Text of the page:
Welcome to the Com World Series Blog. As producers of the leading telecoms, media and ICT events for developing markets, we focus on news & views that affect everyone operating in the telecoms ecosystem in Africa, the Middle East and Eurasia.

15 Apr 2015

Why 2015 is a pivotal year in West Africa’s digital market: Interview of Maxwell Dodd, Airtel Ghana

Pour lire l'article en français, voyez en bas de page

Airtel is Ghana’s 4th mobile operator in terms of customer market share, and the 3rdin terms of revenues. Maxwell Dodd has been Director of BusinessSolutions at Airtel Ghana for the past two years, where he is responsible for developing end-to-end communication and technology solutions to the Corporate, SME and Global markets. He shares his thoughts on the market ahead of his participation to Connecting West Africa in Dakar, Senegal in June.

Maxwell says 2015 is a pivotal year for the region's digital development: “the proliferation of smartphones within the market coupled with over 100% teledensity within a market of five GSM operators clearly shows that voice is saturated”, he says. New opportunities must be explored: “ Big data is yet to be harnessed with operators working on launching innovative data-driven solutions such as M2M and video as a service to take advantage of the opportunity”.

With regards to the impact of the digital transition on the telecoms and media sector, he says: “Digital transmission is driving changes in consumer behavior whereas increasingly connected devices are driving demand for high-speed connectivity and ever-greater data consumption”. This has an undoubted impact on operators’ models, as it “not only puts pressure on infrastructure capacity, it challenges the sustainability of current pricing models such as unlimited data packages”.  According to him, “this trend will impact convergence within the telecom ecosystem (connectivity, services, devices, content, etc.) and will drive growth within the digital media, significantly leading to new forms of digital media and content”.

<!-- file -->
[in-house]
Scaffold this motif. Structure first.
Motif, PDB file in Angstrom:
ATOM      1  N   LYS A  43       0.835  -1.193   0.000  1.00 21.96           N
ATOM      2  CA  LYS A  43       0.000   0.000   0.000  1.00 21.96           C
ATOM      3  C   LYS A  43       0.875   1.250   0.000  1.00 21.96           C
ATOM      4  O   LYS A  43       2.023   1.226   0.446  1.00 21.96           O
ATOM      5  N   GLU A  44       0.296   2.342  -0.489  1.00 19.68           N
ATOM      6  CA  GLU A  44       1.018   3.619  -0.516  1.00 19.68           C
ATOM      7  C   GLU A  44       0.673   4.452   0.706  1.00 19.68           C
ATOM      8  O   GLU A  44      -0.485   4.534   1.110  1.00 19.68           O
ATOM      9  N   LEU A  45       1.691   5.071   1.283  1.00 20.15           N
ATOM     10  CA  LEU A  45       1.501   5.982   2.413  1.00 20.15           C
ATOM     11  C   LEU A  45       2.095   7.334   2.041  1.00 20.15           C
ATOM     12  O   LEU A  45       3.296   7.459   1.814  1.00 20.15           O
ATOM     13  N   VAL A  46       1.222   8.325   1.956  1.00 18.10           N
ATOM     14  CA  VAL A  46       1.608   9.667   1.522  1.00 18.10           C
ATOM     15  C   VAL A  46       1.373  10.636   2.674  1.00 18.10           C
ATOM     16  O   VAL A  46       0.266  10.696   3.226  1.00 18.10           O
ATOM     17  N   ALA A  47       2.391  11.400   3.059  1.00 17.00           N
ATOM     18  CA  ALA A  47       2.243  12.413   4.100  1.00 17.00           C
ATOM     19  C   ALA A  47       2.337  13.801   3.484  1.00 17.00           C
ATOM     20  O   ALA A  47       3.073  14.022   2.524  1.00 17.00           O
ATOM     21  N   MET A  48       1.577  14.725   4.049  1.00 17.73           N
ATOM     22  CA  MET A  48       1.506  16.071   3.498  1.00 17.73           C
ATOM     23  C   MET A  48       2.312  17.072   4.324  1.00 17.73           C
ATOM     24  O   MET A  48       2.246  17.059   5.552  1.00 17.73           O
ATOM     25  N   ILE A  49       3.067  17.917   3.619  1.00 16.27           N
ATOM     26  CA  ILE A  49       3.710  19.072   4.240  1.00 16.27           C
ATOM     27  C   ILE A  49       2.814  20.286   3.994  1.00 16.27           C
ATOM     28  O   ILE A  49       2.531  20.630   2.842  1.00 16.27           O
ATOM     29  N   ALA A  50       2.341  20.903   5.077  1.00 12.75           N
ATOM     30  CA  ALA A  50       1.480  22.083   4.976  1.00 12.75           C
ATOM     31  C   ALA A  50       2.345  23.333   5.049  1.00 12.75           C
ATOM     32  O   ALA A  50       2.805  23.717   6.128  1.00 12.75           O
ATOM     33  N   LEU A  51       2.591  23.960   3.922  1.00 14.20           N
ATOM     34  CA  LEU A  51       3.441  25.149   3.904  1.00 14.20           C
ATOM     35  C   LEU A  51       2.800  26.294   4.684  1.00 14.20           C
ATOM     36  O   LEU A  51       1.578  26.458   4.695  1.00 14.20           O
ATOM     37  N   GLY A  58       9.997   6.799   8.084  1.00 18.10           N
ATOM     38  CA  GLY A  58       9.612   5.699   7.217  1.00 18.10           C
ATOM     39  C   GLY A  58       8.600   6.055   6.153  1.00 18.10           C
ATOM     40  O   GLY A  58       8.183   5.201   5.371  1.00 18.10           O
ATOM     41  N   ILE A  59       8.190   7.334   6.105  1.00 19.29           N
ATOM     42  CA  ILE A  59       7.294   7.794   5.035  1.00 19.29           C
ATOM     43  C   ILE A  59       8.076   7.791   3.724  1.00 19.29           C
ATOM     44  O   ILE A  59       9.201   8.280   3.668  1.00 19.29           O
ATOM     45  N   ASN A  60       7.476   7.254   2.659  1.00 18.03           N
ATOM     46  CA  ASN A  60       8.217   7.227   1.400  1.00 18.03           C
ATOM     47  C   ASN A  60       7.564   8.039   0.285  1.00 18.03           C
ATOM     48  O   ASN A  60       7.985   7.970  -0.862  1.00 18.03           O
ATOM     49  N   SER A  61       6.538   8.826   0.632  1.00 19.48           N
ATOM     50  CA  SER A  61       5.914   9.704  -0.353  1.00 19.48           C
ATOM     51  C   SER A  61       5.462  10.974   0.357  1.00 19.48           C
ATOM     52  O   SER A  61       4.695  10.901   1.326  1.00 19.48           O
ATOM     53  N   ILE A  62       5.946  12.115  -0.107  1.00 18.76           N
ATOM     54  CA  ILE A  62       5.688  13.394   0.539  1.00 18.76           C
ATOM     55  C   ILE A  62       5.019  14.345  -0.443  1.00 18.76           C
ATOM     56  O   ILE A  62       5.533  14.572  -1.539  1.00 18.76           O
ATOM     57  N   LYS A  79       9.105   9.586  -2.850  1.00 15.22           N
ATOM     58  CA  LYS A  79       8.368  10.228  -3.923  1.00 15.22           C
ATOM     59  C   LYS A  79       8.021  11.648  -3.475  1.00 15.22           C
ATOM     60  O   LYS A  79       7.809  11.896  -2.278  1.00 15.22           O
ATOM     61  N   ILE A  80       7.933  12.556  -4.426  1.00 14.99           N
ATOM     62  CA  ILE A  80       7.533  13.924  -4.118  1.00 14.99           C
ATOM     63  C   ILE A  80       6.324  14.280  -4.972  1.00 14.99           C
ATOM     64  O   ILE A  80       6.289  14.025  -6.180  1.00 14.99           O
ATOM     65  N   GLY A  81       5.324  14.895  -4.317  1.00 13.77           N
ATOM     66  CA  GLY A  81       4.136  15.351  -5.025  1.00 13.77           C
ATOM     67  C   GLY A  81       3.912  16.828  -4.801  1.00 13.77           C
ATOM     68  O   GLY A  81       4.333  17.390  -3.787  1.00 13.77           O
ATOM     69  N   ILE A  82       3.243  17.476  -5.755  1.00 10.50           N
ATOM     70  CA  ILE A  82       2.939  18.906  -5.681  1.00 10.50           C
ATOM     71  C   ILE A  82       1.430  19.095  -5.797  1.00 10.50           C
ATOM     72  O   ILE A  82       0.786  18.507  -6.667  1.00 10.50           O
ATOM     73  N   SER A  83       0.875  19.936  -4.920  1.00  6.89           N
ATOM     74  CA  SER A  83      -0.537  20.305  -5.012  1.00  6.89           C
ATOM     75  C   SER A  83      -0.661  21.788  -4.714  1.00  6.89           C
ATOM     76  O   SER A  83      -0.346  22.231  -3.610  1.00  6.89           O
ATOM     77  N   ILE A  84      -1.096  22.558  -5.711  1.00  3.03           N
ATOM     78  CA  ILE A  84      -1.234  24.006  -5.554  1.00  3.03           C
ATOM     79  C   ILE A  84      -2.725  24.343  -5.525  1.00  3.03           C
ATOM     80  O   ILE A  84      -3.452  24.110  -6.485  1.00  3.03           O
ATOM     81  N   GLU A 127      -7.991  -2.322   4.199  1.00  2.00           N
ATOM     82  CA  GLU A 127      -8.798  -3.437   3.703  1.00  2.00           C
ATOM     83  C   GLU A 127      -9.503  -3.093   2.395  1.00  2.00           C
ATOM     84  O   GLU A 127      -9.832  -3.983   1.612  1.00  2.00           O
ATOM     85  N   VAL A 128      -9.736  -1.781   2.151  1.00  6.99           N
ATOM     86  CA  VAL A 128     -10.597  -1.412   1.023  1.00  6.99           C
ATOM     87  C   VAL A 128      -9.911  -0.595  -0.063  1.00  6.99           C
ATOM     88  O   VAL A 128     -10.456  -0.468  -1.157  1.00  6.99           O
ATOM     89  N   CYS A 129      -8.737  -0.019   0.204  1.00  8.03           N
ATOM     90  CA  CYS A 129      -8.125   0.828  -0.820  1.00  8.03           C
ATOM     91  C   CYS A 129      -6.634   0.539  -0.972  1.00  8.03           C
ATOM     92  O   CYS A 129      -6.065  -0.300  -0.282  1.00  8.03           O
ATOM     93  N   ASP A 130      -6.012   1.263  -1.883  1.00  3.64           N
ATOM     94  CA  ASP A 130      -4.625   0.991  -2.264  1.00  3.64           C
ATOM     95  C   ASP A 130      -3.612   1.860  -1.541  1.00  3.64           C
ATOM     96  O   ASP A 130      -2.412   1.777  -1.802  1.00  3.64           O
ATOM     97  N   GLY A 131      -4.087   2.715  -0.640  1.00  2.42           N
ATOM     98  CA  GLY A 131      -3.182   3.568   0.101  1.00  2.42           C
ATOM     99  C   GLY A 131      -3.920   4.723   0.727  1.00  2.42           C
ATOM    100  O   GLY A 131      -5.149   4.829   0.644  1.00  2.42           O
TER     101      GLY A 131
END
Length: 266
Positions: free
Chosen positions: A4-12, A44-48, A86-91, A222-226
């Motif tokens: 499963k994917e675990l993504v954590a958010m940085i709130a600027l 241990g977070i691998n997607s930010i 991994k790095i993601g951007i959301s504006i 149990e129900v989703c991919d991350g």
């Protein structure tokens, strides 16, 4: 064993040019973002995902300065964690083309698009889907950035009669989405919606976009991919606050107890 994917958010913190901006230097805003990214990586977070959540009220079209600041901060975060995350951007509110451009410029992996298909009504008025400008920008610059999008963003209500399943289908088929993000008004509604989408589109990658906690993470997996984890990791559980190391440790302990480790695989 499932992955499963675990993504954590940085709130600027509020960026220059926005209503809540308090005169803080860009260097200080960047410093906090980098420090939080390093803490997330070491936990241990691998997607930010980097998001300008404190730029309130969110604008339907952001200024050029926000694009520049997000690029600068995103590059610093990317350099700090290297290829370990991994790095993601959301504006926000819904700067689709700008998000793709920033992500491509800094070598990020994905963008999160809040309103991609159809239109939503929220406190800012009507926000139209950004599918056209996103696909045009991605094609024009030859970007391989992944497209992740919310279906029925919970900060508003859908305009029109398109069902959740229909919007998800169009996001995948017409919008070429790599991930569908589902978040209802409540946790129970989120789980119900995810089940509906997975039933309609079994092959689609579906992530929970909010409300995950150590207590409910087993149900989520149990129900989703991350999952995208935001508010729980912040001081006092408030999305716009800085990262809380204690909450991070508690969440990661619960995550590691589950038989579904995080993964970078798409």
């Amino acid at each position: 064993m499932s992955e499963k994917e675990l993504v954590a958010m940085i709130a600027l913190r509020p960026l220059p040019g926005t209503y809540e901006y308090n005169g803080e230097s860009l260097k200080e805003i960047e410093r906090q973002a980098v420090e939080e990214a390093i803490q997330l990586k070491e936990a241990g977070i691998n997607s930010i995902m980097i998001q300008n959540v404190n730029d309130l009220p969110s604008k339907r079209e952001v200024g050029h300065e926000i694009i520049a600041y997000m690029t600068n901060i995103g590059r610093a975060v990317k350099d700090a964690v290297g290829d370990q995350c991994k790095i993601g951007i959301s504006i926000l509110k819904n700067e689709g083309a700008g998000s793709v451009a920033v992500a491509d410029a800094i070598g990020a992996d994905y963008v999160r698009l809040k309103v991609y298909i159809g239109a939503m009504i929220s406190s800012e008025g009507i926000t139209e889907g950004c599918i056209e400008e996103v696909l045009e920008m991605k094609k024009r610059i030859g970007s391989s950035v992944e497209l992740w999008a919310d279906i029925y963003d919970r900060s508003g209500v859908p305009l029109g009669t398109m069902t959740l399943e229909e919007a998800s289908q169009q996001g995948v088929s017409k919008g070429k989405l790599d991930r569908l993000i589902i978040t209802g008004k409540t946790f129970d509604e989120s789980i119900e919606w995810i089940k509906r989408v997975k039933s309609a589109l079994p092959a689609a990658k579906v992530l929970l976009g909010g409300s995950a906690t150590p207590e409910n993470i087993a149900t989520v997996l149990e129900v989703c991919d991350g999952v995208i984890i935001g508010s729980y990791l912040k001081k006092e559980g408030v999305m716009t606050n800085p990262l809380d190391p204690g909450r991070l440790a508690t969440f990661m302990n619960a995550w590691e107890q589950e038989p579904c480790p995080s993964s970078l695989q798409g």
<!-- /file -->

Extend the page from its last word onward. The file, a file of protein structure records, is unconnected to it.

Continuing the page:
As for the enterprise market, which is his area of  responsibility,  communication needs are wide ranging: fixed voice, mobile voice, mobile data, fixed data  (dedicated internet, leased lines, ISDN), Managed and hosted services  (Audio conferencing, video conferencing, Bulk SMS, Corporate Ring back tone, Virtual Pbx, IP Telephony).

Operators need to be innovative in order to launch attractive services, which Maxwell believes is happening, as “telecom operators are undertaking strategic partnerships with OTT players to launch innovative services such as cloud services (E mail and domain hosting, file sharing), data center services, antivirus, video surveillance, video as a service, fleet and asset tracking solutions and mobile satellite services”.

Asked what he thinks are the most interesting debates to expect at Connecting West Africa this year, Maxwell concludes:  “The debate to expect this year is how operators will evolve to take advantage of the era of big data by launching innovative solutions and services in 2016”.

Maxwell Dodd will give a presentation on serving the growing enterprise market in West Africa, sharing his experience at Airtel Business in Ghana. For more information on Connecting West Africa click here.

Pourquoi 2015 est une année charnière dans le marché numérique de l'Afrique de l'Ouest: Interview de Maxwell Dodd, Airtel Ghana
Airtel est le 4ème opérateur mobile du Ghana en termes de parts de marché, et le 3ème en termes de revenus. Maxwell Dodd est Directeur des Solutions Business chez Airtel Ghana depuis deux ans, où il est responsable du développement des solutions de communication et de technologie aux entreprise, PME et marchés internationaux. Il partage ses idées sur le marché avant sa participation à Connecter l'Afrique de l'Ouest à Dakar, Sénégal, en juin.